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Analytic conduction solutions

By Greg Walker1, James Vere Beck2

1. Vanderbilt University 2. Michigan State University

High-precision analytic conduction in parallelepipeds using Green's functions

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Version 1.1.3 - published on 23 Sep 2011

doi:10.4231/D3KS6J45F cite this

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Abstract

THREE-DIMENSIONAL CODES FOR EXACT TRANSIENT HEAT CONDUCTION SOLUTIONS IN PARALLELEPIPEDS

Prepared for
Sandia National Laboratories
Albuquerque, NM
Purchase Order No. 30629

James V. Beck
Beck Engineering Consultants Company
1935 Danbury W.
Okemos, MI 48864-1873

Tel. Number: 517-349-6688
E-mail: jvb@BeckEng.com

June 15, 2002

PERSONNEL

Several engineers and mathematicians participated in the development of V2000A and subroutine COND3D by Beck Engineering Consultants Co. Most of the coding for this program was done under the 1999-2000 contract from Sandia National Laboratories that was administered by Dr. Kevin Dowding of Sandia. The personnel are listed in alphabetical order with a partial description of the individual contributions.

Donald Amos, (Retired applied mathematician, Sandia Nat. Labs.)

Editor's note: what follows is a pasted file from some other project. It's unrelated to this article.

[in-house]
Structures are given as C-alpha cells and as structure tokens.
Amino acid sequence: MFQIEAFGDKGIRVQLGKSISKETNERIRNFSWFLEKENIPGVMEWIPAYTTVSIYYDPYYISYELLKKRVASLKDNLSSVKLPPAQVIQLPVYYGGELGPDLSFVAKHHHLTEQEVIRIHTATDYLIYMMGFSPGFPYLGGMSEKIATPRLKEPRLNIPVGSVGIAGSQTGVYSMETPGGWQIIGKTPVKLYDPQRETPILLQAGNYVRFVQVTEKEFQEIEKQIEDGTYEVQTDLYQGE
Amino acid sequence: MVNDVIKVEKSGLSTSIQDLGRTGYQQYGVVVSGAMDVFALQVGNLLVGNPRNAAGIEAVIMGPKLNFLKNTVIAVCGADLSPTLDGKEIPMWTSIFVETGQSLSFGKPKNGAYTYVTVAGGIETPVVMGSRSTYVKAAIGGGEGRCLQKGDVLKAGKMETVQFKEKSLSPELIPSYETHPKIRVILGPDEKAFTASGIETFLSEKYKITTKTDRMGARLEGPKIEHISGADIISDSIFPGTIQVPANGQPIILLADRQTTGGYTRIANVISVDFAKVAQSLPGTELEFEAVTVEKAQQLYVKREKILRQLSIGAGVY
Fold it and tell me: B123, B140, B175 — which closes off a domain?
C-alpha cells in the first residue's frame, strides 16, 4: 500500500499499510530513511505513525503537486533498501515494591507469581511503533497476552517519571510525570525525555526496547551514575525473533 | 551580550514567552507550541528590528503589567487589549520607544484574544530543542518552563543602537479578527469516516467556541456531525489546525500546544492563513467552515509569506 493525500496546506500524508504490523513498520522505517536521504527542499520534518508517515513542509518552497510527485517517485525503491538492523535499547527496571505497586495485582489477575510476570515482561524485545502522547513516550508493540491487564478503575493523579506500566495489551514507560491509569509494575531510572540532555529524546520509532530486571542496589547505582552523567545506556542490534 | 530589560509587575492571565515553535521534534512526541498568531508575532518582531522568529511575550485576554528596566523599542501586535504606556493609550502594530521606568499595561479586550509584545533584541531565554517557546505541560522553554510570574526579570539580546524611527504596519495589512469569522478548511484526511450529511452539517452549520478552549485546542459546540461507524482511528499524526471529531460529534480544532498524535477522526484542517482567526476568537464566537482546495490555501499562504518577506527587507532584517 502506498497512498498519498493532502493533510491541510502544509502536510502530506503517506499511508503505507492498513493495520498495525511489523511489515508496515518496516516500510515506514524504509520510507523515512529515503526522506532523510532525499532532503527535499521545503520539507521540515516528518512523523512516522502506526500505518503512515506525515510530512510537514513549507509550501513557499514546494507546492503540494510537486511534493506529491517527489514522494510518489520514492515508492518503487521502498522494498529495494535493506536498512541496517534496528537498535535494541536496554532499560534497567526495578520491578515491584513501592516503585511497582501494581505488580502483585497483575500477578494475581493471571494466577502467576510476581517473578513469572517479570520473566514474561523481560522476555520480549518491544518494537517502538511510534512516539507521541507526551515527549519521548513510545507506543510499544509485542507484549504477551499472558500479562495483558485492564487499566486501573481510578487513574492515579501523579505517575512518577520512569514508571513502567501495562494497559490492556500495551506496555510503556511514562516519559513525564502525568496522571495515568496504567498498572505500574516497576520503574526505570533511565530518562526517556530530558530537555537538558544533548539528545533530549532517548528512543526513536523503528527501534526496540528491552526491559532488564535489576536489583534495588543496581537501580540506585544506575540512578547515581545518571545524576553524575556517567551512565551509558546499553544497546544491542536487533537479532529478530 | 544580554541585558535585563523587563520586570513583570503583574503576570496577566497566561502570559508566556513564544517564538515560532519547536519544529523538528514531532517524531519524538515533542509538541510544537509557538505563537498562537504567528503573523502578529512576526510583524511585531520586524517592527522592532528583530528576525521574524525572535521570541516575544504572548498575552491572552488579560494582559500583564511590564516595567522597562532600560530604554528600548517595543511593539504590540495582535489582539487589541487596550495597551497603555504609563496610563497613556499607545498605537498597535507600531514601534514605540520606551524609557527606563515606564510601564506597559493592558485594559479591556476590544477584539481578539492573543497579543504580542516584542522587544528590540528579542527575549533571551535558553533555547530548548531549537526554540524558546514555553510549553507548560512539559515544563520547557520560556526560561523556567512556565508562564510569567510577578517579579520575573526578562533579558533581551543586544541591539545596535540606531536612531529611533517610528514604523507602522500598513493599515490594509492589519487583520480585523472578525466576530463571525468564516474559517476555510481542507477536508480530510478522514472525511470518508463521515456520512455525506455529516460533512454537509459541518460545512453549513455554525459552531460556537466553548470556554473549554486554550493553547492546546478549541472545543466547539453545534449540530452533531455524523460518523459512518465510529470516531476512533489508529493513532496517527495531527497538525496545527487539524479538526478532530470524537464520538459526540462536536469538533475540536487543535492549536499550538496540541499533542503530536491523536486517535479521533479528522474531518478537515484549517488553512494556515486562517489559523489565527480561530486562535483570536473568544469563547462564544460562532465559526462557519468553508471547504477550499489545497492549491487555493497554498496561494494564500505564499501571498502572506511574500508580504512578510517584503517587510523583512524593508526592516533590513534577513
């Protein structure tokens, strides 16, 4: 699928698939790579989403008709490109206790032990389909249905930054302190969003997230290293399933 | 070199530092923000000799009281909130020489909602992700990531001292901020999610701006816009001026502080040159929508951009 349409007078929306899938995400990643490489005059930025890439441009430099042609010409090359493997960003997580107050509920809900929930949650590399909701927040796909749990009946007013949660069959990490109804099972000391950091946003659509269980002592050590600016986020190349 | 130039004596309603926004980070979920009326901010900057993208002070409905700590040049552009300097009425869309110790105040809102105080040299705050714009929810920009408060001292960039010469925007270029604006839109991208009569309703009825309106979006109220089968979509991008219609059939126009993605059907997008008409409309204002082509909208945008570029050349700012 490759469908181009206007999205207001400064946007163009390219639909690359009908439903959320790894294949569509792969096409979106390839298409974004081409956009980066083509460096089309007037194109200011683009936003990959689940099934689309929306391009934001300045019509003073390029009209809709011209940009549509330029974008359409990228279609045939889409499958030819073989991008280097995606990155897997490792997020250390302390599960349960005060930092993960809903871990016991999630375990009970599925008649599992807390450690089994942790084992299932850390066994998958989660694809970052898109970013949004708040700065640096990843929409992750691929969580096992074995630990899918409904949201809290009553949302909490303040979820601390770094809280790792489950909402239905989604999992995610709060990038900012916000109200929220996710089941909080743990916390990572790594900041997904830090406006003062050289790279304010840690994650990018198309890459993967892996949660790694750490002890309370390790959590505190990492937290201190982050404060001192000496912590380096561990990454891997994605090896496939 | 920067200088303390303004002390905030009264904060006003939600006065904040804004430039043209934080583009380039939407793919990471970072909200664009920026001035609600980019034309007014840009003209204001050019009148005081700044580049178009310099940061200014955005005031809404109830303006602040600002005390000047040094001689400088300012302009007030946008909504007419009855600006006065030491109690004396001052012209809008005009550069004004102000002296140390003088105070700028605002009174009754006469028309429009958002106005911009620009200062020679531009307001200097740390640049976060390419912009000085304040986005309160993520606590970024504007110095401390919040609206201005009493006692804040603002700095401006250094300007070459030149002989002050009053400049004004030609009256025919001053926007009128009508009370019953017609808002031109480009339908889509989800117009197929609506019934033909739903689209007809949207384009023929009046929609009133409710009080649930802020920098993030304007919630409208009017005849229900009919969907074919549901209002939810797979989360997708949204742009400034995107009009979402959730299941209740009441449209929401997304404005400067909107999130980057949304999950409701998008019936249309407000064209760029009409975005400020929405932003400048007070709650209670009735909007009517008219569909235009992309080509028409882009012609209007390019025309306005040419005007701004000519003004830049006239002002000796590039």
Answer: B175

Numerical and analytical integration. Theoretical support.

James V. Beck, (Prof. Emeritus Mech. Eng., MSU; President, Beck Engineering
Consultants Co.) Overall direction and coordination of the project.

Ali Haji-Sheikh, (Prof. Mech. Eng. ,University of Texas Arlington) Develop methods of calculating eigenvalues and writing the associated code. Developing Green=s functions for two-layer composite body.

Robert McMasters IV, (Adjunct Prof. Mech. Eng., MSU) wrote the codes.

David Yen, (Prof. Emeritus Mathematics, MSU) Derivation of many small time transient Green=s functions, derivation of steady state multidimensional Green=s functions.
TEST CASES FOR PROGRAM V2000A AND SUBROUTINE COND3D, THREE-DIMENSIONAL CODES FOR EXACT TRANSIENT HEAT CONDUCTION SOLUTIONS IN PARALLELEPIPEDS

The program solves one-, two- and three-dimensional transient heat conduction problems in the Cartesian coordinate system. The solutions are generally accurate to about 8 or more significant figures. More precisely the errors in a given quantity are usually less than 1 part in 1010 of the maximum value of that quantity in the body at that time for a single nonhomogeneous term. This is illustrated in more detail later. It suffices at this point to say that the solutions can be given as the summation of up to eight components, one for each of the nonhomogeneous boundary conditions, one for the initial temperature and one for the volume energy generation term. In certain abnormal cases it is possible to have positive and negative values of these components resulting in small differences of large numbers. The final temperatures and heat fluxes coming from the superposition of the components may not have the accuracy indicated above but the components before the summation (compared to the maximum value over the spatial domain) should.
The units are any consistent set, such as the SI units of Kelvin (but many time Celsius is used instead), meters, seconds, watts, joules and grams.